Until the 20th C, many women spent most of their adult years pregnant, but pregnancies are seldom apparent in surviving portraits. Portraying Pregnancy brings together images of women – mainly British – who were depicted at a time when they were pregnant (whether visibly so or not). Through paintings, prints, photographs, objects and clothing from the 15th C to the present day, you can discover the different ways in which pregnancy was, or was not, represented. How shifting social attitudes impacted on depictions of pregnant women; the possibility of death in childbirth and the tensions that brought; and how more recent images, which often reflect increased female agency and empowerment, still remain highly charged.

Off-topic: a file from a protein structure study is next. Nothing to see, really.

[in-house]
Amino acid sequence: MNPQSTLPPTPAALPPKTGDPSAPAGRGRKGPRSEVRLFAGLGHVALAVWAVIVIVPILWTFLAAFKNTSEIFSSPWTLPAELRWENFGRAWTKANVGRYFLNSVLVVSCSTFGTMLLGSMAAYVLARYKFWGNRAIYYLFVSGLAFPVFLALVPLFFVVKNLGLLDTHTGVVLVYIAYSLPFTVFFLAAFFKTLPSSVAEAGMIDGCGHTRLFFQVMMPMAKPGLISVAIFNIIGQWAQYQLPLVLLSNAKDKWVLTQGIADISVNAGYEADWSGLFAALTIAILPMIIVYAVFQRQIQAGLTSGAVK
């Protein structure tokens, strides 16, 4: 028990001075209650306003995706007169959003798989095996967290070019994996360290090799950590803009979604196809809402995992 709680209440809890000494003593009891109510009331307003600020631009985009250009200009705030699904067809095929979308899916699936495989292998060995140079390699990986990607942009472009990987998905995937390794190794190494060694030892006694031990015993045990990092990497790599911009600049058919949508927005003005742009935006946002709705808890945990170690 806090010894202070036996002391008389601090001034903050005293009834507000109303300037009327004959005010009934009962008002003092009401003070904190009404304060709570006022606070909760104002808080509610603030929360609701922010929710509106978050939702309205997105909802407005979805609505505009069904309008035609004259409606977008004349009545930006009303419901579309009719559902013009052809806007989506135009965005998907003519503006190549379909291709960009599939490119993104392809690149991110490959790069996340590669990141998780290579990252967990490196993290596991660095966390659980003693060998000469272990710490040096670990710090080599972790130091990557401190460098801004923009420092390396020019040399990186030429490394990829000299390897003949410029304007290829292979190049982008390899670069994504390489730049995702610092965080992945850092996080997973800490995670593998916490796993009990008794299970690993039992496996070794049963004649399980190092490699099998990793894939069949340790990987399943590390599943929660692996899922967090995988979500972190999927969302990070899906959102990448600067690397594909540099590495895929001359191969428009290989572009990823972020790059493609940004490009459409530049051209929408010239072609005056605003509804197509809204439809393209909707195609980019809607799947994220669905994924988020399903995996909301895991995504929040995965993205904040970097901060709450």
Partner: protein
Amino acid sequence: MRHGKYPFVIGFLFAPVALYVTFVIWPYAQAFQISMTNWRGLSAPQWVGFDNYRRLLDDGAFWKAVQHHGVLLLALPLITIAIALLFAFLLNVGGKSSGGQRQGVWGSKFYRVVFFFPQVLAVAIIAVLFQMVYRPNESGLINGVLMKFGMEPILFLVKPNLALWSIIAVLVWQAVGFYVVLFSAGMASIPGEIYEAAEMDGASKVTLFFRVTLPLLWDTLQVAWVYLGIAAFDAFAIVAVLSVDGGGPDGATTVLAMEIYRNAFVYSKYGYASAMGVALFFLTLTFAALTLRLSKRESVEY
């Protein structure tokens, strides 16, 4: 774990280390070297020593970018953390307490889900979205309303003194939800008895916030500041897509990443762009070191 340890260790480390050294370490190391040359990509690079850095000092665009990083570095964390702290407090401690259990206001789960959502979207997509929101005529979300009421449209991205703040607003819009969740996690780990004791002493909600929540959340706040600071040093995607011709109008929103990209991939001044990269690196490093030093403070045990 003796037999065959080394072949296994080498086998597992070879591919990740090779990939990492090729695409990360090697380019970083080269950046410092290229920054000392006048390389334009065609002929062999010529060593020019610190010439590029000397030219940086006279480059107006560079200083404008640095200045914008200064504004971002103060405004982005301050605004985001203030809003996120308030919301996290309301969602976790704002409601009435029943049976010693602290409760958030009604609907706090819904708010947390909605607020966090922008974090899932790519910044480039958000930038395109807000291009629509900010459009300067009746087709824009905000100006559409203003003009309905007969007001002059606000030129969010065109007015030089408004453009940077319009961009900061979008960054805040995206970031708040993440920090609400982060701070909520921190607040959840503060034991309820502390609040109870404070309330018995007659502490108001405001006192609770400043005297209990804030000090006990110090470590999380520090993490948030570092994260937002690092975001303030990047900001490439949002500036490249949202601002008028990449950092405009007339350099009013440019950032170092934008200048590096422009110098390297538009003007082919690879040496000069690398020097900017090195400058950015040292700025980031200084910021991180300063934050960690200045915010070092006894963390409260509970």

This exhibition brings together, for the first time, rare examples of these portraits providing an exceptional opportunity to situate contemporary issues of women’s identity, emotion, empowerment and autonomy in a 500-year context.